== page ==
The first Utah-crew hire was Matias Alvarez a unit production manager who was hired the first part of June, two months before filming started.
Alvarez’ role is to oversee the budget and shoot schedule through the end of principal photography.
“The production designer comes early on in the process and she takes the director’s written word and artistically creates the world,” Alvarez said. “From a production standpoint, I have to facilitate that vision.”
“Yellowstone” is a major project that has a lot of working parts.
“It’s set in Montana around a giant ranch, but we couldn’t find a suitable one in Utah where we could do what we wanted to do,” Alvarez said. “They did find a ranch in Montana, but it’s smaller than what they needed, so we built a lot of the interiors here in the studio. We had to match the ranch in Montana to what we build here.”
Alvarez had to make sure everyone created the “Yellowstone” world within the given budget.
“Those challenges go through all the departments — down through props, wardrobe, vehicles and the others,” he said. “We try to work with the budget to give the departments the resources they need to make it work.”
One unique department is the animal wranglers.
“This show has a ton of animals — horses, bison, coyote, a bear and a snake,” Alvarez said with a laugh. “These are referred to in the script, but then you think how do we get a bear in the woods being chased by a horse and lassoed.”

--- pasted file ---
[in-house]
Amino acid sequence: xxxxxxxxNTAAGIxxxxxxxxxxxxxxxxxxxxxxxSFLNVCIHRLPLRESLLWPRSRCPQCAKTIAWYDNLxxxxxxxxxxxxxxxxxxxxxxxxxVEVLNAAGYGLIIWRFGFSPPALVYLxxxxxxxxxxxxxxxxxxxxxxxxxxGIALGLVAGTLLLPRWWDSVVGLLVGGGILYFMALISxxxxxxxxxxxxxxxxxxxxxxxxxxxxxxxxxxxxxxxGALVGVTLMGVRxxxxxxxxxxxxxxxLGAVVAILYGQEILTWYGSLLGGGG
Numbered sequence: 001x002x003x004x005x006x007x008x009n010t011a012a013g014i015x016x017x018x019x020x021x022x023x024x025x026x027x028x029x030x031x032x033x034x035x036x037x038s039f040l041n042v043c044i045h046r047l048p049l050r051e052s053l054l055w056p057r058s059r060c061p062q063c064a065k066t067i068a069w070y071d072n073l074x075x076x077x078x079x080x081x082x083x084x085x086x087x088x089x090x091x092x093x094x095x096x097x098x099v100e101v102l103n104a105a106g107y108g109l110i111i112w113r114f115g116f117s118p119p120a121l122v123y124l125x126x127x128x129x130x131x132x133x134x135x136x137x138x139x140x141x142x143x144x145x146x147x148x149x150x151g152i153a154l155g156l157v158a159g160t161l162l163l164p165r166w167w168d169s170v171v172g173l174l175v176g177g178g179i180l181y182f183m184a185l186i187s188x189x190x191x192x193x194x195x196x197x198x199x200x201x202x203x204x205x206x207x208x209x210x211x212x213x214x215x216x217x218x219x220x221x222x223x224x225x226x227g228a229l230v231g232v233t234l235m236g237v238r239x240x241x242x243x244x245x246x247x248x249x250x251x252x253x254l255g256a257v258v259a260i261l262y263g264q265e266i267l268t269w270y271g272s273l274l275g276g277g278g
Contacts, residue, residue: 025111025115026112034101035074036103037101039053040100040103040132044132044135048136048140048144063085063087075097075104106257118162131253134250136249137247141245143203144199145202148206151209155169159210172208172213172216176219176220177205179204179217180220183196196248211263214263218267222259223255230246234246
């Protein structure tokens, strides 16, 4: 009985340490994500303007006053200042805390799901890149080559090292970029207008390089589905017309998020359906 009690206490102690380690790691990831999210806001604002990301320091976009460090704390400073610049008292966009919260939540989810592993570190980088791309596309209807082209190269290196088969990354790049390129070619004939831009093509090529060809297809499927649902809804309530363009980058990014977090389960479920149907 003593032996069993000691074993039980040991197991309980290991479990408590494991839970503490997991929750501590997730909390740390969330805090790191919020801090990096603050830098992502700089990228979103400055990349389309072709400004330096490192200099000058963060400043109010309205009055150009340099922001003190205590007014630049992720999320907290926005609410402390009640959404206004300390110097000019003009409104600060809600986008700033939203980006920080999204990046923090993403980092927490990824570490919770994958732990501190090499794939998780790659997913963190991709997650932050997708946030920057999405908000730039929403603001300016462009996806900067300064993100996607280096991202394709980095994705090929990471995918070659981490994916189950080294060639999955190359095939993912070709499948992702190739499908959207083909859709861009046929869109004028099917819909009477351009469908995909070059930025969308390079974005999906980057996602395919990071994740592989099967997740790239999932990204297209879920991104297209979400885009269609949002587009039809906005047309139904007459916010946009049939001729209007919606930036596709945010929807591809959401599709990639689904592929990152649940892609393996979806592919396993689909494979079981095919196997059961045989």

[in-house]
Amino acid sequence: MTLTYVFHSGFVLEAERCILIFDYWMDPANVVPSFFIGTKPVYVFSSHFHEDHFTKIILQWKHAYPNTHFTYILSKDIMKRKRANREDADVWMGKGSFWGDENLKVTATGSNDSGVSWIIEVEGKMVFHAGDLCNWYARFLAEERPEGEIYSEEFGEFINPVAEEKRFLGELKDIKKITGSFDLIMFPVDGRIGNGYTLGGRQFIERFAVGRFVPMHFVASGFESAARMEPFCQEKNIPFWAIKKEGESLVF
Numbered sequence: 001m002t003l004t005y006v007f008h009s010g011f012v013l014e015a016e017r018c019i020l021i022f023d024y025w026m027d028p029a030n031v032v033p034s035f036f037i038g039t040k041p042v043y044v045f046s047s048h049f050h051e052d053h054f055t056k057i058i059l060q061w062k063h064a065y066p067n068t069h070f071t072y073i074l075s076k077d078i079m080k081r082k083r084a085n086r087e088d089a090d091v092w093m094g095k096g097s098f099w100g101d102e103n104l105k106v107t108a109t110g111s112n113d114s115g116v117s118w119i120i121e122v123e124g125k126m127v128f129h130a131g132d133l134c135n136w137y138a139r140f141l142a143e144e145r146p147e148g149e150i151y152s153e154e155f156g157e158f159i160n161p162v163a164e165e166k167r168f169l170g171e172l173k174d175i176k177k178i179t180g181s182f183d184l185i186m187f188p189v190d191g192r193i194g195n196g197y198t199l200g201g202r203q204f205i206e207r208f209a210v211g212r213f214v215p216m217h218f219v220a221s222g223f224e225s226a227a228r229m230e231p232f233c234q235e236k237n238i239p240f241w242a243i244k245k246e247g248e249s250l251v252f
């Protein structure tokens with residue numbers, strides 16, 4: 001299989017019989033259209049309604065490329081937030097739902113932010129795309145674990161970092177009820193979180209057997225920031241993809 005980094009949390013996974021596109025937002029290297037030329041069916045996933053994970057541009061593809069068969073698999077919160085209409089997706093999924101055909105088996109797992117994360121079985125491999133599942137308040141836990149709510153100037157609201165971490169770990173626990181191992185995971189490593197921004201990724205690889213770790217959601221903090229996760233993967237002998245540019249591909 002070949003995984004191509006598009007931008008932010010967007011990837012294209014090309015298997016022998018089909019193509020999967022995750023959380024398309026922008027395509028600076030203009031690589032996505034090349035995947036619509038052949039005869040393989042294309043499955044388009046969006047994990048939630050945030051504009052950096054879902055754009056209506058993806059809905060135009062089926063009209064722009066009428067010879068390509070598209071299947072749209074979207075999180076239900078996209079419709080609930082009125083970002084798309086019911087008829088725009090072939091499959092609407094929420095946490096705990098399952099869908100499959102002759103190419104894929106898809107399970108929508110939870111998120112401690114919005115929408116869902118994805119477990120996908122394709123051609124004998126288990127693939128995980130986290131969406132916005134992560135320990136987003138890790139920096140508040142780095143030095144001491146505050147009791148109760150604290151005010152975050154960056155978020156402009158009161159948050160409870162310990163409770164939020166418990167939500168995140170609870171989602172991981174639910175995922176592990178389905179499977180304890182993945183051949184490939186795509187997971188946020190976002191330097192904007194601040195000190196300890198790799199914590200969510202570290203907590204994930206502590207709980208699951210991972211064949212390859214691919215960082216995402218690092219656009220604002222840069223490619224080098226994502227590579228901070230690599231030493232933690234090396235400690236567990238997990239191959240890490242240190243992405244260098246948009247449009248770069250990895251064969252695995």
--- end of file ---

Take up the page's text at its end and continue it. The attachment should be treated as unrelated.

The grip department is another crew staffed by Utah workers.
Craig Sullivan, who lives in Sugar House, is the key grip.
“The grip department is responsible for a couple of things: set safety, lighting and camera moving,” Sullivan explained.
After the electricians install the lights and turn them on, the grip department will filter or shape the lighting to make it softer, he said.
“As far as the camera equipment goes, we use jib arms, cranes and things like that so crews can get the shots they need,” Sullivan said.
To do this, the grip crew works with the series’ director of photography (DP).
“We have to learn their style,” Sullivan said. “That way we can know what equipment I need to have available on any given day.”
“Yellowstone” is large production for Sullivan.
“I have 10 people on my crew and that’s huge,” he said. “In comparison, on an independent feature I will usually only have five people on a crew.”
Pearce said the last time a production took over the entire space of the Utah Film Studios was in 2015 with the ABC TV production of “Blood and Oil,” that starred Don Johnson.
It was the first show that filmed at the studios, Pearce said.
“This is similar to that,” she said. “The difference is the studio is more established and we’ve had other projects come before ‘Yellowstone.’”
Those productions include “Wind River,” Disney Channel’s and “Andi Mack,” which is still in production.
“If the Utah Film Commission is as busy as we want to be, there are usually three or four productions going on in the state at once,” Pearce said. “Ideally, we would love to have at least one series shooting in the Utah Film Studios all the time for the sustainability and amount of jobs, but we also want smaller local and independent productions to really market to the independent world.”
Last year the Utah Film Commission had four independent films that were shot in Utah premiere at Sundance.
“With Utah hosting the Sundance Film Festival, this is a great fit for us to market to that independent world,” she said.
“Yellowstone” will shoot in Utah until the end of December, Pearce said.
“I think there are plans to do pick-up shots in the spring,” she said.